Achilles Tendonitis

Achilles Tendonitis Specialist
As the largest tendon in the body, the Achilles tendon is subjected to stress and strain that can result in considerable pain in the heel and leg. At Farragut Foot & Ankle, Dr. Andrew Carver helps patients from Washington, D.C. relieve Achilles tendonitis with advanced care options including extracorporeal shockwave therapy.

Achilles Tendonitis Q & A

What is tendonitis?

Tendonitis (or tendinitis) is an irritation and inflammation of the tendons, the strong, fibrous bands that connect muscles to bones. In the foot, one of the primary tendons is the Achilles tendon, which stretches from the calf muscles to the back of the heel. The Achille's tendon is the largest tendon in the body, promoting movement and stability when walking, running, standing and jumping. Although the tendon is amazingly strong and resilient, it can become inflamed and irritated as a result of:

  • age-related changes and tissue degeneration
  • obesity
  • overuse and repetitive use
  • heel spurs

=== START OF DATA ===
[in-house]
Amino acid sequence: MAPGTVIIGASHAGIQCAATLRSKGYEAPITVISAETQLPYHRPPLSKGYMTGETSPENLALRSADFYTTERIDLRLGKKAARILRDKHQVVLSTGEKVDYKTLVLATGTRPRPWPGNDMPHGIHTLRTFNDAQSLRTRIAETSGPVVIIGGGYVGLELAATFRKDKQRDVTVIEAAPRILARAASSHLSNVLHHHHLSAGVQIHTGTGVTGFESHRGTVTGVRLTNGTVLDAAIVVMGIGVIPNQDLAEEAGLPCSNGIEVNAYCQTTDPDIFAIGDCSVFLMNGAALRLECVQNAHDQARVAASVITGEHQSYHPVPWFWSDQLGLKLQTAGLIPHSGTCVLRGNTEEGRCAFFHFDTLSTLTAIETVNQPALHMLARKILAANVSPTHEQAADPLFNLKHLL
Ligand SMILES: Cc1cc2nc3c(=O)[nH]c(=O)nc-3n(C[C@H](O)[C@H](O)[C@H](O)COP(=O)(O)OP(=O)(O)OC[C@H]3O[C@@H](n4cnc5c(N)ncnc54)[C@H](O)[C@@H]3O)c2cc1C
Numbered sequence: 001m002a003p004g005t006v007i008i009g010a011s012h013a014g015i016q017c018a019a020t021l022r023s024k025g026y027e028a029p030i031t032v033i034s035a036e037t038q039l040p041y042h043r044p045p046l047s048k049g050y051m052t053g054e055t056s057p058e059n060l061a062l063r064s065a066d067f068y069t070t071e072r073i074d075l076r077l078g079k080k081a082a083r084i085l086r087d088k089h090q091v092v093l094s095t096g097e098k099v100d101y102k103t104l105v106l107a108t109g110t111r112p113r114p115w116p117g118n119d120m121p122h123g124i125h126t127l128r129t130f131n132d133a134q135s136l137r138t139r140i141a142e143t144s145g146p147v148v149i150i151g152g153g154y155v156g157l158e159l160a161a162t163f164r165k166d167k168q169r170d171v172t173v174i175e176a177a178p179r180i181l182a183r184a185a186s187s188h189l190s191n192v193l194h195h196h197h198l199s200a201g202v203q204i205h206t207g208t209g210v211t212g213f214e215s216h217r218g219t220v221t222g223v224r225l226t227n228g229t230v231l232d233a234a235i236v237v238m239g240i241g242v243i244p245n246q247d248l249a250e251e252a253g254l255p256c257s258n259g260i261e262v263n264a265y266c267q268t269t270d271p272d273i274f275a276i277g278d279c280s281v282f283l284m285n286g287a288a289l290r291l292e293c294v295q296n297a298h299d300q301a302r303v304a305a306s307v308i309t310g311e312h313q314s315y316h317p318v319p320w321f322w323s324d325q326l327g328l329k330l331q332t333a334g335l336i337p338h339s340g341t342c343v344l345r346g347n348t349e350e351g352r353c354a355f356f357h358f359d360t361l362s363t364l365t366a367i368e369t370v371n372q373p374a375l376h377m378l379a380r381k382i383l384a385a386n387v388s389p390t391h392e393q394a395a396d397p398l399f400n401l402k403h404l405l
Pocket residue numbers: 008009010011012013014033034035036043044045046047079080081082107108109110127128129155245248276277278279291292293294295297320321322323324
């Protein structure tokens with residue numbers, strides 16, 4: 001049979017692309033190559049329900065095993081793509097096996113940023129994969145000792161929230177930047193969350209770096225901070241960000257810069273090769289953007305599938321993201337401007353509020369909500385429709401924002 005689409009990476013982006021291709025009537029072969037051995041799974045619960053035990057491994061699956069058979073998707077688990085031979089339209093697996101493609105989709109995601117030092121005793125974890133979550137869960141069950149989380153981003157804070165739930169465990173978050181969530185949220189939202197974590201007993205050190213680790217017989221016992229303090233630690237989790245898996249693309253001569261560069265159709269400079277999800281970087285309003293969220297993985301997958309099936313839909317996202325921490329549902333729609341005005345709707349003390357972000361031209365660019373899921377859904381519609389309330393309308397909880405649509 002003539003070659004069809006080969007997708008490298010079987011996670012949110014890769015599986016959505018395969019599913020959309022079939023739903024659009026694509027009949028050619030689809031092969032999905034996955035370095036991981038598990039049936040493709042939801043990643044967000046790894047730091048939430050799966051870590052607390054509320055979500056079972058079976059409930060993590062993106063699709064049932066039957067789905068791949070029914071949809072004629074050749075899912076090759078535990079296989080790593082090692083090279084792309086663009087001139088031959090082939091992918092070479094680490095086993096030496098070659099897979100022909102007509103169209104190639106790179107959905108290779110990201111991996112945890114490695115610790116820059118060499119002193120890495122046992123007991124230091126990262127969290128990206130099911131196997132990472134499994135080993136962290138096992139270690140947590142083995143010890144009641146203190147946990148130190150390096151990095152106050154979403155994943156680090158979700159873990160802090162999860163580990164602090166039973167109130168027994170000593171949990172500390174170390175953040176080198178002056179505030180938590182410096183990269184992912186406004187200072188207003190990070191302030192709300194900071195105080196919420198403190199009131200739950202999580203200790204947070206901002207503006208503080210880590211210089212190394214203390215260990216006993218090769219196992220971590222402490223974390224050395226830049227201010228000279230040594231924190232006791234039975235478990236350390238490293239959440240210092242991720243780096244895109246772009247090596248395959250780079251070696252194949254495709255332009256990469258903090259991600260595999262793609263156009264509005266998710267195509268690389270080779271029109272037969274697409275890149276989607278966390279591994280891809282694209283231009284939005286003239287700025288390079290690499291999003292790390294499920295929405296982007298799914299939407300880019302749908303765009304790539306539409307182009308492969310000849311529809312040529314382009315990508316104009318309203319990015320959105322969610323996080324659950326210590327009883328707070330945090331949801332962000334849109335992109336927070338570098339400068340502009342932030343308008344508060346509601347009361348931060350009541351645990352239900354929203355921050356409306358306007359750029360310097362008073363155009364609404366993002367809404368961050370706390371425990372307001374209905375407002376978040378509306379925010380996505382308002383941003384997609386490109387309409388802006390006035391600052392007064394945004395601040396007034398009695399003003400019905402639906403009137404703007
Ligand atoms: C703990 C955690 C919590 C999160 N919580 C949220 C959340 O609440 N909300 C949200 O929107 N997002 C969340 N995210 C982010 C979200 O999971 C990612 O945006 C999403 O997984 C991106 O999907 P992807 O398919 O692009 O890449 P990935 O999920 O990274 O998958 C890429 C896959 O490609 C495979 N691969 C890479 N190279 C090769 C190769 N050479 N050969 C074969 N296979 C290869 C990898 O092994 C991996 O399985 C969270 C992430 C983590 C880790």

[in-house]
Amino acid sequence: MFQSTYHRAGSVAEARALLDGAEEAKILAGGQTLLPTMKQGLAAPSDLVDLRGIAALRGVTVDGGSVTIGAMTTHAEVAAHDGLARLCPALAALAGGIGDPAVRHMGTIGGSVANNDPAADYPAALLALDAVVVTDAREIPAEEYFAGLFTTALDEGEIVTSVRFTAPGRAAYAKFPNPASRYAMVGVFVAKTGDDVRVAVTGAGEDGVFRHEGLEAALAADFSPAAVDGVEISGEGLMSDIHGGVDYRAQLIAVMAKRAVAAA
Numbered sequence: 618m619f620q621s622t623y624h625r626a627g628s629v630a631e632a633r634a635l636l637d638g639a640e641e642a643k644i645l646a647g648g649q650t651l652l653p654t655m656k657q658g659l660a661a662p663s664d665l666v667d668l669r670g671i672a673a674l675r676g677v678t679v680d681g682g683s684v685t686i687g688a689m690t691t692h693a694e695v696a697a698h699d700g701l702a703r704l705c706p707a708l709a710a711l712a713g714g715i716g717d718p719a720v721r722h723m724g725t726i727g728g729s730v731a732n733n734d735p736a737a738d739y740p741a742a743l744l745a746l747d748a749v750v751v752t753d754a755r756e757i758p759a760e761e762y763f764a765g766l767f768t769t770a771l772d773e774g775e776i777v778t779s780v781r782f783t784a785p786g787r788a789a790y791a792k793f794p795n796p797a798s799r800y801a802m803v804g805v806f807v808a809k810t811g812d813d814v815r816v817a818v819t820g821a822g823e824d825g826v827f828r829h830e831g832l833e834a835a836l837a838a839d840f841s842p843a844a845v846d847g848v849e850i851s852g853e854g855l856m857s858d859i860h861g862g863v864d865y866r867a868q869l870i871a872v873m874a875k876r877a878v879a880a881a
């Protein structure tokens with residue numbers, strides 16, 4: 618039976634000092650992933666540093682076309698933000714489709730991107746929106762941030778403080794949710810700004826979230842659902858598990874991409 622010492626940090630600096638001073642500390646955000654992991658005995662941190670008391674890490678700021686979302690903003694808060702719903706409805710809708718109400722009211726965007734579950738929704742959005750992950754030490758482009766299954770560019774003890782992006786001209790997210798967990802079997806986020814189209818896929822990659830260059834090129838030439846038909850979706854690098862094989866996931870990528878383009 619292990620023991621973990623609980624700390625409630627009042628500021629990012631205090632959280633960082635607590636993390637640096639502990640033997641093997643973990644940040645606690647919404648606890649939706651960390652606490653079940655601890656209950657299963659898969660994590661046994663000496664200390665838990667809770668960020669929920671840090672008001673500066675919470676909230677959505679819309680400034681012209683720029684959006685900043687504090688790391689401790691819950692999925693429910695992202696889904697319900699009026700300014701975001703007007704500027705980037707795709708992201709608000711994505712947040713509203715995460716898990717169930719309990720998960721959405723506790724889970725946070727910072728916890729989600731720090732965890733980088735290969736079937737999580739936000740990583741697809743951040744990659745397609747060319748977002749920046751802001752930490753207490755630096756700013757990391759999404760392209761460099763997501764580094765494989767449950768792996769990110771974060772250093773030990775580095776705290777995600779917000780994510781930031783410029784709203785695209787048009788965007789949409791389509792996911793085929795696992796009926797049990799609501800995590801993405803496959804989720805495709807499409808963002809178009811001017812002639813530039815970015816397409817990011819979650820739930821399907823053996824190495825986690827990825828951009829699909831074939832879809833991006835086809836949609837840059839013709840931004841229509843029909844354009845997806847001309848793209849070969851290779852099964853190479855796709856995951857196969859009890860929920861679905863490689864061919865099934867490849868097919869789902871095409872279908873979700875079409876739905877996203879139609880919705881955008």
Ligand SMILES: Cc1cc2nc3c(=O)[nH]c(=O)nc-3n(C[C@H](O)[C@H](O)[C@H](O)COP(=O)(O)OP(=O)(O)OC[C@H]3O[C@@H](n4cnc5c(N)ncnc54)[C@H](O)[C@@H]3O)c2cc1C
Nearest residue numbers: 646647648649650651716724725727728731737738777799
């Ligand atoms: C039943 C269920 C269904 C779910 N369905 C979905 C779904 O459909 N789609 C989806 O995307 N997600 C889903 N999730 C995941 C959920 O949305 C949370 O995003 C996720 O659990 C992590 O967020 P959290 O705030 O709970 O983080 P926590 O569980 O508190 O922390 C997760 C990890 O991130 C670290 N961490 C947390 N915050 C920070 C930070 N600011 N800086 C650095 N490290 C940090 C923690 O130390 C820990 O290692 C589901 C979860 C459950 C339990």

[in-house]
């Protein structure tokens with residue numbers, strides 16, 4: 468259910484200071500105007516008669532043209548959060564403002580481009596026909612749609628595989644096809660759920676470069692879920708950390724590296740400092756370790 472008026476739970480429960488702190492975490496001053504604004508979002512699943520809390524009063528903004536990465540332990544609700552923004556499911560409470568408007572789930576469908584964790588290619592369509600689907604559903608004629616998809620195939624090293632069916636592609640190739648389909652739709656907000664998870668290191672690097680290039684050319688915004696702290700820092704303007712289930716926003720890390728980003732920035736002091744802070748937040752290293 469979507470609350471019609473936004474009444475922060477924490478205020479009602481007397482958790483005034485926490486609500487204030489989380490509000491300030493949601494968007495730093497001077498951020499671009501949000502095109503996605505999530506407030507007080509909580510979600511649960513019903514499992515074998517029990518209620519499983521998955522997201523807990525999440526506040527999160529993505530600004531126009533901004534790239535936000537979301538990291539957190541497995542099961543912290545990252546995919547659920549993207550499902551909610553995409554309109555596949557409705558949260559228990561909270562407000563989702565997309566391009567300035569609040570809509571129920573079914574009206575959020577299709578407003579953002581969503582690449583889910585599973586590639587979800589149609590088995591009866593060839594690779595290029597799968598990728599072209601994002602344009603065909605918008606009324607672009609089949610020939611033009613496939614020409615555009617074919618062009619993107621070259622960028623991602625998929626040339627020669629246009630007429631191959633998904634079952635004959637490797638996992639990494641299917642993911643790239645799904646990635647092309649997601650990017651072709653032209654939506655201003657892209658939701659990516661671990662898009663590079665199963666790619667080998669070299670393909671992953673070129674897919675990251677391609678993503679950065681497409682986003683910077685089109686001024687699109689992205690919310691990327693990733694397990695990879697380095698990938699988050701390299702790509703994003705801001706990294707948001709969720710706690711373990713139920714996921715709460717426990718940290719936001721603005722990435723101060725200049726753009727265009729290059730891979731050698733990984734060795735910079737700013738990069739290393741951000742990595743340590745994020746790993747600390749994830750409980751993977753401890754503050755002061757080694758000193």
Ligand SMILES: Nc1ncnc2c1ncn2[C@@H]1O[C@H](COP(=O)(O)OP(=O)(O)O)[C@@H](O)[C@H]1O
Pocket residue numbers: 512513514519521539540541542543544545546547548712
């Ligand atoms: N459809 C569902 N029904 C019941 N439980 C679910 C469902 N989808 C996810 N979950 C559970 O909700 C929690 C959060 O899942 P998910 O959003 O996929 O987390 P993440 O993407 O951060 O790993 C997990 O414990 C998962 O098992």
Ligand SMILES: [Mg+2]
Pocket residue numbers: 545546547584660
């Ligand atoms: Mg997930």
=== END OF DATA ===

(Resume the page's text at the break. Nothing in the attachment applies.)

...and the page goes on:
• very tight calf muscles
  • aggressive exercise routines or abrupt changes in routine
  • failing to warm up the muscles and tendon prior to activity

There are two primary types of Achilles tendonitis:

  • non-insertional tendonitis, which occurs when the tendon fibers in the middle of the Achille's tendon begin to swell and break down, and
  • insertional tendonitis, which occurs where the tendon attaches to the heel

Non-insertional tendonitis tends to occur primarily in younger, active people while insertional tendonitis can affect anyone, including those who are sedentary.

What are the symptoms of Achilles tendonitis?

Achilles tendonitis causes pain in the heel and the back of the leg which can sometimes extend into the midfoot region during movement. Sometimes, pain is accompanied by localized swelling or tenderness. As the tendon becomes inflamed and swollen, it can rub against the protective sheath of tissues that surrounds it, causing “sticking” or rubbing sensations called crepitus.

How is Achilles tendonitis treated?

Often, Achilles tendonitis can be treated with a conservative approach including:

  • rest
  • application of ice
  • gentle stretching and physical therapy
  • extracorporeal shockwave therapy to stimulate healing
  • cortisone injections to reduce inflammation
  • use of custom orthotics to relieve strain on the tendon, especially while healing
  • lifestyle changes including changes in physical activity and losing excess weight

Less commonly, surgery may be necessary to repair the tendon, lengthen abnormally short calf muscles, or remove heel spurs.

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